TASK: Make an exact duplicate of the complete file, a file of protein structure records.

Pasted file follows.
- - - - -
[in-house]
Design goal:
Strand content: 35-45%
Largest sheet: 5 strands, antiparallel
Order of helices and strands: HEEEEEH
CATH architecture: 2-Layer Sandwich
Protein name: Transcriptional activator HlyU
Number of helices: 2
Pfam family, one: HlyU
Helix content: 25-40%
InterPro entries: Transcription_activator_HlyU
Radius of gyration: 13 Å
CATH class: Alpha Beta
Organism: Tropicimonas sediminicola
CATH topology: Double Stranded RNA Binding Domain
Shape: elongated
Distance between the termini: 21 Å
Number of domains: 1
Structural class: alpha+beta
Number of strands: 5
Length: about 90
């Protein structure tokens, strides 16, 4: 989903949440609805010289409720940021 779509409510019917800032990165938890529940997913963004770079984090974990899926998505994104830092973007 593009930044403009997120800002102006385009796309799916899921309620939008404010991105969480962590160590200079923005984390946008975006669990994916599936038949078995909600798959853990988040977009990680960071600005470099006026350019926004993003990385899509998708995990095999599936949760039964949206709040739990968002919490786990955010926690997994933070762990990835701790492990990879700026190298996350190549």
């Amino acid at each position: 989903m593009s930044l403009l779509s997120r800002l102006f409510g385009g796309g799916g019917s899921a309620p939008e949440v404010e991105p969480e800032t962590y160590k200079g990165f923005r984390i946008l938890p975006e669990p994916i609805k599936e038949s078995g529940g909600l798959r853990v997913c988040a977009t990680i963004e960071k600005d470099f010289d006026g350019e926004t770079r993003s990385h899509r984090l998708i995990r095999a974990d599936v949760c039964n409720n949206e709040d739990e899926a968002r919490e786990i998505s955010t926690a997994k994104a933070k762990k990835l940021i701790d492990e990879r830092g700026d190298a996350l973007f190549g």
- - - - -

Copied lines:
[in-house]
Design goal:
Strand content: 35-45%
Largest sheet: 5 strands, antiparallel
Order of helices and strands: HEEEEEH
CATH architecture: 2-Layer Sandwich
Protein name: Transcriptional activator HlyU
Number of helices: 2
Pfam family, one: HlyU
Helix content: 25-40%
InterPro entries: Transcription_activator_HlyU
Radius of gyration: 13 Å
CATH class: Alpha Beta
Organism: Tropicimonas sediminicola
CATH topology: Double Stranded RNA Binding Domain
Shape: elongated
Distance between the termini: 21 Å
Number of domains: 1
Structural class: alpha+beta
Number of strands: 5
Length: about 90
């Protein structure tokens, strides 16, 4: 989903949440609805010289409720940021 779509409510019917800032990165938890529940997913963004770079984090974990899926998505994104830092973007 593009930044403009997120800002102006385009796309799916899921309620939008404010991105969480962590160590200079923005984390946008975006669990994916599936038949078995909600798959853990988040977009990680960071600005470099006026350019926004993003990385899509998708995990095999599936949760039964949206709040739990968002919490786990955010926690997994933070762990990835701790492990990879700026190298996350190549």
């Amino acid at each position: 989903m593009s930044l403009l779509s997120r800002l102006f409510g385009g796309g799916g019917s899921a309620p939008e949440v404010e991105p969480e800032t962590y160590k200079g990165f923005r984390i946008l938890p975006e669990p994916i609805k599936e038949s078995g529940g909600l798959r853990v997913c988040a977009t990680i963004e960071k600005d470099f010289d006026g350019e926004t770079r993003s990385h899509r984090l998708i995990r095999a974990d599936v949760c039964n409720n949206e709040d739990e899926a968002r919490e786990i998505s955010t926690a997994k994104a933070k762990k990835l940021i701790d492990e990879r830092g700026d190298a996350l973007f190549g």